Tuning Up! Visual Guide

CONCERT PREVIEW: Northwest Symphony Orchestra Premieres Flute Concerto by Sarah Bassingthwaighte

by Maggie Stapleton

“Music has always been the constant in my life,” teenage Sarah Bassingthwaighte realized when it came time to make those big life decisions about college majors.

bassingthwaighte-sarah

Sarah started piano lessons at age 4, composing when she was 5 (she still has these early works, notated in very large script), and flute at age 9. A lingering interest in composition led to formal study at Indiana University (while pursuing a flute degree) with composers like Harvey Sollberger. Hearing some of the new ideas and new sounds that these composers came up with was eye-opening for Sarah – “There’s all this other stuff you can do!” – and she felt like a door had been opened. Little did she know, there would eventually be an entire house of doors.

0702 Siegel-Laufer 5-28-09House of Doors is a concerto for flute and orchestra which will be premiered by Merrie Siegel and the Northwest Symphony Orchestra under the baton of Anthony Spain on Saturday, April 30 at 8pm.
It was composed in the last 6 months, and it’s the first piece she’s written for flute that she is not premiering, which presented some challenges. “I had to see if my notation, my ability to communicate my ideas, worked. When I premiere my own piece, I just play what was in my head in the first place and I’m not even looking at the page. But now I have to see if it works!”

photo credit: Mark Manning

The inspiration for this concerto came from a Buddhist meditation exercise created by Anna Wise of the same name, House of Doors, and it was simultaneously “the most fun” and a “profound experience” for Sarah. Here’s how it works, in a nutshell: You’re in a house that you’ve invented and there’s a hallway with many doors. All the doors look different and you get to go and open any door you want, walk inside the room, look at it in as much detail as you can, walk around, see what’s there, change what you want. Then you leave, close the door, and you can go in another one. The idea is not just to hone your observation and imagination but also to get in touch with your ability to change things in your life.

To hear a sneak peek of House of Doors (the flute and piano reduction) click here!

seoul-door-consruction-screen

In Sarah’s first experience, she visited three rooms.

First, she walked into a room that initially looked like a normal bedroom, but on deeper examination she saw little plants and tendrils and deeper in, a dark jungle that went for miles and miles full of orchids and vines.

The next door was a dark, hot, uncomfortable red cave with an empty chair under a spotlight. It was a very scary place.

Through the last door, there was no floor, no ceiling, just sky. She stepped into the room and moved about how she wished. Flying, free, and fun.

Those images were powerful to Sarah and became the launching points for the piece. It was first notated graphically with just textures and a few descriptive words – it wasn’t until months after she started composing that notes and rhythms came about. “One thing I’ve loved about composing is connecting with the other arts. In this case, a feeling of motion, maybe dance, of visual arts and finding the place where they all meet and eventually ending up in my field, music, and creating the piece. Even within the field of music, Sarah’s had some variety and departures.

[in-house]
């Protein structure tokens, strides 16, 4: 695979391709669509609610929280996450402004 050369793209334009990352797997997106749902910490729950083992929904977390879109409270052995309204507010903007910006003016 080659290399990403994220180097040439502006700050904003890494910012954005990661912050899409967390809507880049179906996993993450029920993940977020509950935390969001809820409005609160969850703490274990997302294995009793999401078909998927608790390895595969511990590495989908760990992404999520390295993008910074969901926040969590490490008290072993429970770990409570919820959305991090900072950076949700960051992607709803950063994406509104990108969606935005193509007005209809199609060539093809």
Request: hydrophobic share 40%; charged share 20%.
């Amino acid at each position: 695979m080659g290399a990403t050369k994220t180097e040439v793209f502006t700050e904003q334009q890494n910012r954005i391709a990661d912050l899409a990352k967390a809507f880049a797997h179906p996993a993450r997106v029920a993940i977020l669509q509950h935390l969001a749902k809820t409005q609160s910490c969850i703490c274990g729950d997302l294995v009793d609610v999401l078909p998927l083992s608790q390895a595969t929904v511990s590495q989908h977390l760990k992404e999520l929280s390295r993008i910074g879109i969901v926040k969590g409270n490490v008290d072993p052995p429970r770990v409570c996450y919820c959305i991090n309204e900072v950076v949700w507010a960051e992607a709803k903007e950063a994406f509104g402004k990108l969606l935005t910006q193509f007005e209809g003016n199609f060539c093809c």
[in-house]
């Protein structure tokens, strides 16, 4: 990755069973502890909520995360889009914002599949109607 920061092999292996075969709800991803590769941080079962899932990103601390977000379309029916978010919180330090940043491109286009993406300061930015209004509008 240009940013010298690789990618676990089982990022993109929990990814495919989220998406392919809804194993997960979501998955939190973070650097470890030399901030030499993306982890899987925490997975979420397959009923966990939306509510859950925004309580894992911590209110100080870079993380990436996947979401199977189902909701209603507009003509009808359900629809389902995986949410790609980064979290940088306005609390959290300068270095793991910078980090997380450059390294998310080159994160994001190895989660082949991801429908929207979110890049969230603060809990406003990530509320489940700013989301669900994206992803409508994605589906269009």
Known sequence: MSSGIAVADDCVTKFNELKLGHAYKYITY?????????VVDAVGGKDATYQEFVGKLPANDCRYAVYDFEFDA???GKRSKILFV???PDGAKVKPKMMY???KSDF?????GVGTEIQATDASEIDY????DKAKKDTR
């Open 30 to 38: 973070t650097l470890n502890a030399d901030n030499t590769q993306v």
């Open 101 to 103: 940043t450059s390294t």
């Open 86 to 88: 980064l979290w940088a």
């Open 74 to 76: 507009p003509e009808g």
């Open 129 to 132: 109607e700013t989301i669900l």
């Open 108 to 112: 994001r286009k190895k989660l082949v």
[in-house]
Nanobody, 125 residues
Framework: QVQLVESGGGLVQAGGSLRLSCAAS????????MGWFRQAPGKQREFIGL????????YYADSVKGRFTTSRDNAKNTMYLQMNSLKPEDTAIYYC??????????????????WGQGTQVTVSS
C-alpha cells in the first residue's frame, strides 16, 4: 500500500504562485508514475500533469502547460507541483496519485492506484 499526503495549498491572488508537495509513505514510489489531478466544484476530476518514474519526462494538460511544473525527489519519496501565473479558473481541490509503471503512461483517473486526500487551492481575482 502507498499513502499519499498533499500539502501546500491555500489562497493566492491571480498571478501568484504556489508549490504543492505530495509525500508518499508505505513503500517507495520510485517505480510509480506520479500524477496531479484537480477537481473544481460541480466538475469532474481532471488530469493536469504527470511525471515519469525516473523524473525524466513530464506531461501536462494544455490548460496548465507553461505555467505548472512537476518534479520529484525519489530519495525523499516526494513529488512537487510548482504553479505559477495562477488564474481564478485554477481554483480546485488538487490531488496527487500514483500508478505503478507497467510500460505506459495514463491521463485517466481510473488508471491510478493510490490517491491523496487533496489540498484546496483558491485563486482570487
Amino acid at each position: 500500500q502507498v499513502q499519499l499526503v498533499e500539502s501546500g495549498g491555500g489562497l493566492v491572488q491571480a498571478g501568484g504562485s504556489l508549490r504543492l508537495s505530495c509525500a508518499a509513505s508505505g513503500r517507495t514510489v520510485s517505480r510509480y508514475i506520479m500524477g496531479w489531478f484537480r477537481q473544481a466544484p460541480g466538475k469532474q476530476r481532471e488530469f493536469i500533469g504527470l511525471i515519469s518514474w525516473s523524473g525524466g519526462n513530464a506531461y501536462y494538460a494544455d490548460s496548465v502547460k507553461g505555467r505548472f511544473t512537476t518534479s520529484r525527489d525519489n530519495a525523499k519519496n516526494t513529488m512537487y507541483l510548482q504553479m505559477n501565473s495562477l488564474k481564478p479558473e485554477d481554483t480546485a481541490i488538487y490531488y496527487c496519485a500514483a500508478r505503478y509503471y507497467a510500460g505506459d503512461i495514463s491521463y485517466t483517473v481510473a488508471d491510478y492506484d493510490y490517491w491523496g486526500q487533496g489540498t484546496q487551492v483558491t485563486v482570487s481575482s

After her time at IU, Sarah took a break from classical music to play bass in punk rock bands. That seemingly “left turn” wasn’t totally unrelated to her classical training and she’s been able to find a link between all types of music. The directness and even some of the experimentalism in classical music transferred to the bands she was playing with and she found that a sense of attitude and sense of humor is present in both.

“I went into music and never looked back. I love it and I’ll never get bored of it.”

hdr_home

 

The House of Doors Concerto for Flute and Orchestra will be performed on Saturday, April 30 at 8 p.m. at the Highline Performing Arts Center in Burien. For tickets and additional information, please visit this link.

NEW VIDEO: Steve Reich’s New York Counterpoint

by Maggie Stapleton

New York Counterpoint for amplified clarinet and prerecorded clarinets is one of many pieces in Steve Reich’s “counterpoint” series, in which one live performer typically plays against up to a dozen recordings of the same instrument. Reich aims to capture “the throbbing vibrancy of Manhattan” in this work, performed here by Rachel Yoder, who also recorded the backing tracks.

This is our first of three Steve Reich videos in collaboration with On the Boards Ambassador James Holt, who is presenting a concert dedicated to the music of Steve Reich on Tuesday, February 2 at 8pm:

Counterpoint | Phase – A hypnotic evening of music in a non-traditional setting from the American master of minimalism. 

LINEUP:
Nagoya Marimbas: Erin Jorgensen & Memmi Ochi
Cello Counterpoint: Rose Bellini
New York Counterpoint: Rachel Yoder
Violin Phase: Luke Fitzpatrick/Marcin Pączkowski

Pre-sales for this event are sold out. A limited number of tickets will be available at the door.

Stay tuned for our of video Violin Phase! Cello Counterpoint is now up and running

RY-2015

Rachel Yoder is a versatile clarinetist and teacher based in the Seattle area, currently performing with the Seattle Modern Orchestra, Madera Wind Quintet and the Odd Partials clarinet/electronics duo. Rachel is editor of The Clarinet, journal of the International Clarinet Association, and works as adjunct professor of music at the DigiPen Institute of Technology in Redmond, WA. She has performed and presented throughout the United States, including appearances at conferences of the International Clarinet Association, International Computer Music Conference (ICMC), and Society for Electroacoustic Music in the United States (SEAMUS). She holds a doctorate in clarinet from the University of North Texas, and also holds degrees from Michigan State University and Ball State University.

A Celebration of American Composers: Video Edition

In celebration of July 4th, we have compiled some of our favorite videos by American Composers. Thanks to all of the artists and composers for sharing their music and performances with us!